Behavioral addiction is an addiction to an activity that has nothing to do with alcohol or drug use. It is characterized by non-substance-related behaviors and the ability to experience negative consequences of these behaviors. One of the main problems associated with the conceptualization of behavioral addiction is the fact that, almost every activity is defined as potentially addictive. The conceptualizations of various types of behavioral addiction are the result of an attempt to define the term “addiction” in relation to substance abuse. A major problem with these behaviors, which are often the subject of a large amount of research into and treatment of addiction, is that the obsessive nature of these behaviors leads to the perception that they are more often addictive than other non-addictive activities.
Behavioral dependence is defined as a person’s obsessive desire to engage in activity or behavior and their inability to remain mentally and physically healthy and functional at home and in the community. A person can get high through this activity, they find it psychologically rewarding, but later they feel so dependent that they may even be overwhelmed by the consequences of continuing this choice. Behavioral dependence is characterized by a person’s obsessive desire to pursue an activity or behavior for which he feels rewarded, even at the expense of his physical and mental health.
Although not all behavioral dependencies are associated with drug abuse, it is not uncommon for addicts to engage in compulsive behaviors to replace their drug habits. However, those who are addicted to obsessive behavior often quickly develop an addiction to seemingly normal behaviors. Similar to substance abuse, behavioral addiction is often associated with various negative consequences. Throughout a person’s life, he or she is likely to engage in many activities that are often addictive, such as sex, Internet use, and gambling.
Like drug and alcohol dependence, behavioral dependence is directly linked to a particular behavior. Classifying who is at higher risk of developing behavioral dependencies is an important step in analyzing why people who drink alcohol or use drugs become addicted. Most behavioral dependencies are an activity that people participate in regularly, sometimes rarely. Overcoming this type of illness requires professional behavioral therapy, as a person cannot stop engaging in the same behaviors as their regular drug or alcohol use.
If most people engage in the above behaviors, there is a rush or a high risk associated with it. When someone hears the word addiction, they immediately think of drugs, alcohol or cigarettes. Also called “addiction process,” behavioral addiction is an example of a non-drug addiction that has similar properties when it comes to certain behaviors.
People become dependent on the feeling they get when they engage in non-drug-related activities. Like drug and alcohol addiction, addiction begins when natural chemicals flood the brain when the individual takes part in this activity. In some cases, people experience withdrawal symptoms that include nausea, vomiting, dizziness, loss of appetite and headaches. Some researchers believe that the same regions of the brain are affected by addiction as drug and alcohol addiction, such as the hypothalamus, amygdala and peninsula.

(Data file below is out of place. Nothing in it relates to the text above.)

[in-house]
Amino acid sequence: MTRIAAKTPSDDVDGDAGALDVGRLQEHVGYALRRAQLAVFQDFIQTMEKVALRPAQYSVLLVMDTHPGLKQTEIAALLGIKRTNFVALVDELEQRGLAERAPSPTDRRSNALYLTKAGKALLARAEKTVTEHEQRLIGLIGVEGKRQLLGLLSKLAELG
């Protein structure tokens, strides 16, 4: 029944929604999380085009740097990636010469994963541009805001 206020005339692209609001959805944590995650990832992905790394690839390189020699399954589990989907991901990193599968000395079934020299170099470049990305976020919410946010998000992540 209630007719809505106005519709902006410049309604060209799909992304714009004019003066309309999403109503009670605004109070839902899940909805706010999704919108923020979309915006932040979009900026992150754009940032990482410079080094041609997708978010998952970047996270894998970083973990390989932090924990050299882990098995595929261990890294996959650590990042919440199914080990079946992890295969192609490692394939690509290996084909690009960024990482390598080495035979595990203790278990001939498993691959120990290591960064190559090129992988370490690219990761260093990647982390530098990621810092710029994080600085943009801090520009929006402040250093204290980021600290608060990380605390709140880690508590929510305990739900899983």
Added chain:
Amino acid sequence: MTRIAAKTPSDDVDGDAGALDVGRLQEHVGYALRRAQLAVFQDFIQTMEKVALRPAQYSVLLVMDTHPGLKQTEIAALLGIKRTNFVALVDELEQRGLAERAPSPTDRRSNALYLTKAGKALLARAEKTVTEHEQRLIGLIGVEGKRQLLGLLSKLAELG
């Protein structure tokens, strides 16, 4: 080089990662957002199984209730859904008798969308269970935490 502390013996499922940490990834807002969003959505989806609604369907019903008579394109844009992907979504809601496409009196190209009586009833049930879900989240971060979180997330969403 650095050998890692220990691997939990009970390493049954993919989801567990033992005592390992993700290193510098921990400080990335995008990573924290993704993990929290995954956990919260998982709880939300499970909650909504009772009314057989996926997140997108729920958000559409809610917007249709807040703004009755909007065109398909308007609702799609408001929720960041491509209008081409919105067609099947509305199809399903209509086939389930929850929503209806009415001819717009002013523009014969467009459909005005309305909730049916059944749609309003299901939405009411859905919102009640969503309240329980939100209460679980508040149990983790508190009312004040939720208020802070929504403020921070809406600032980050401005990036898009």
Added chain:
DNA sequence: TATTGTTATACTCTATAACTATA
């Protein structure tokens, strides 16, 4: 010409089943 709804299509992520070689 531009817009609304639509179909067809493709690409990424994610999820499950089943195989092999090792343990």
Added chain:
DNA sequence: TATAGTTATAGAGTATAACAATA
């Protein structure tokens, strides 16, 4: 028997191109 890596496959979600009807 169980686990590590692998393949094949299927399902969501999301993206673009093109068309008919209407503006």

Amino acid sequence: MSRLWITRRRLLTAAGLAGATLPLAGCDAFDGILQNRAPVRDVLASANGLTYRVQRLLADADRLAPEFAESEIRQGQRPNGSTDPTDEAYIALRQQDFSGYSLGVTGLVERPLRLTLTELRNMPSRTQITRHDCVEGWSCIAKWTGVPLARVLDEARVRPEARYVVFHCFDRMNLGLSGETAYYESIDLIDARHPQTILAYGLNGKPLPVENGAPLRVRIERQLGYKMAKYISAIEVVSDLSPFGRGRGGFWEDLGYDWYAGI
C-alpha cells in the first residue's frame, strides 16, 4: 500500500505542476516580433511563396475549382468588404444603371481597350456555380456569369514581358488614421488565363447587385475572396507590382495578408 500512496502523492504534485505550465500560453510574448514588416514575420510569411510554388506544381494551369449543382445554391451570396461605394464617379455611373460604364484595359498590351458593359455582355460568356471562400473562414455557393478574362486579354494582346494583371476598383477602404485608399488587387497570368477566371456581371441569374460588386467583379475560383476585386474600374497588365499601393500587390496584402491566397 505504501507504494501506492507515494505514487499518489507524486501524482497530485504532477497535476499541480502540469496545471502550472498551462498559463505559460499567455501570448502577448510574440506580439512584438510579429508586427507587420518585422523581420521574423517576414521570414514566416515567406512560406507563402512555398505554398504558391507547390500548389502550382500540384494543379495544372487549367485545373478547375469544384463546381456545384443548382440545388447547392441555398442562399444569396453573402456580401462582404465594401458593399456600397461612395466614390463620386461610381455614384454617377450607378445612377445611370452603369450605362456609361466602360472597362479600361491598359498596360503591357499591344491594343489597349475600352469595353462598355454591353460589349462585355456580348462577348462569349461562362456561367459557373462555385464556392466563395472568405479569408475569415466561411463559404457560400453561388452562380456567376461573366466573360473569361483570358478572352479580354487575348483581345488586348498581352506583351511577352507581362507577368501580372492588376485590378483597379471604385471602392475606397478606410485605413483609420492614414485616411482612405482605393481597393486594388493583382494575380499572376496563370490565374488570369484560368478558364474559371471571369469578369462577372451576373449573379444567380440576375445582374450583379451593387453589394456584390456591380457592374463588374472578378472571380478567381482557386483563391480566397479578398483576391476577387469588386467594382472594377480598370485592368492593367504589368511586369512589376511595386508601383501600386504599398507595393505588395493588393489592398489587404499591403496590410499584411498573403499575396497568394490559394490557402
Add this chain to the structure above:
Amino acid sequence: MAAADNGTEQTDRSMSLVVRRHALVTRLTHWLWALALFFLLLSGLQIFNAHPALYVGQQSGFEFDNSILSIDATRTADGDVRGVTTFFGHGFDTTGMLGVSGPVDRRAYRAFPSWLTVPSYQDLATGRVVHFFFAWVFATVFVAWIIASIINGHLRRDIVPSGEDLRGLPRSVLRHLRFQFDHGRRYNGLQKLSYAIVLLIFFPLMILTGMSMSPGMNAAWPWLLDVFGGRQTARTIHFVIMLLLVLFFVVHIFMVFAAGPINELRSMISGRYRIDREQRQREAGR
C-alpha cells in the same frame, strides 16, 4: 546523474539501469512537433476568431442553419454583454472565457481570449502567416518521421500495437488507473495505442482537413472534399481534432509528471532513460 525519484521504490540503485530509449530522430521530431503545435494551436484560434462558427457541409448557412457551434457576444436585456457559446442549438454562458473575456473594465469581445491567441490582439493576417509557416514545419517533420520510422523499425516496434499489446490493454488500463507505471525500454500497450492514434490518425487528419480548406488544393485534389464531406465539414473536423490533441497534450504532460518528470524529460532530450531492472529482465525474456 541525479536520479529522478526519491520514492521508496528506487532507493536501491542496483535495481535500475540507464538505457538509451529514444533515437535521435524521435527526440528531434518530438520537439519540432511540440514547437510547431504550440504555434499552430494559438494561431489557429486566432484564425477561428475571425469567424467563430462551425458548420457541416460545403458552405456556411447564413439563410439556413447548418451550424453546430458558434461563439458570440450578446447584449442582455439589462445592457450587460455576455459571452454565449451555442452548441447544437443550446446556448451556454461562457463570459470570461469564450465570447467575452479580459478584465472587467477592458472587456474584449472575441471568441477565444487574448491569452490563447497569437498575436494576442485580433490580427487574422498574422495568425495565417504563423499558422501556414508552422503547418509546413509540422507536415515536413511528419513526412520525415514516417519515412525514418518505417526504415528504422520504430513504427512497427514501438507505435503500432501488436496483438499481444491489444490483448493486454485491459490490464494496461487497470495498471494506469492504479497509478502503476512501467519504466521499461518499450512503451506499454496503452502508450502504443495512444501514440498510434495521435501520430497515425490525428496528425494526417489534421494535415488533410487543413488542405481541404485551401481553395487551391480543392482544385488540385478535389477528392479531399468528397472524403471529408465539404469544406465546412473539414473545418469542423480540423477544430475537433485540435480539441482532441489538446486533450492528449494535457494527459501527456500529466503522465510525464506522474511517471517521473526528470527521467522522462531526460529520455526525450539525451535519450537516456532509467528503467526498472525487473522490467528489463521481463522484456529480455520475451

If true, people with behavioral dependency may experience similar negative consequences. Behavioral addiction and alcohol and drug addiction have many similarities, as both can disrupt a person’s daily life and, without treatment, have serious consequences. The main difference between the two is that behavioral dependence may not have the physical symptoms and side effects that drug or alcohol dependence can have, such as potentially life-threatening physical withdrawal symptoms.
Addiction problems related to alcohol, drugs or behavior are about losing control of one’s actions, and specific treatment programs can solve these problems. ABC News reports that the definition of addiction includes actions that are mind-altering and lead to compulsive behavior that affects everyday life. Not only is drug and alcohol addiction so intense, but so are the feelings that arise from these behaviors that they can also lead to withdrawal symptoms, including depression, anxiety – such as symptoms, and even suicidal thoughts and actions.
While certain drug dependencies lead to the total destruction of people’s lives, this does not mean that everyone with drug dependence must have the same level of problems. Depending on the nature of the addiction, the severity of the problem and even the number of withdrawal symptoms, a behavioral dependency can be as bad as an addiction to a substance. Behavioral addiction is a disease, not a personal failure, and treatment can help you overcome a challenging addiction. The boundary between behavioral addiction and addiction is crossed when the high value associated with the behavior leads to an inability to quit due to the negative consequences.
The corresponding classic sign of an addiction to alcohol or drugs can be high anxiety, depression, anxiety and depression dependence – such as symptoms. A rewarding behavior can be mismatched due to an underlying predisposition, such as suffering a painful or traumatic life experience. Video games, for example, are extremely rewarding and inspire a strong desire to engage with them, even in the face of negative consequences.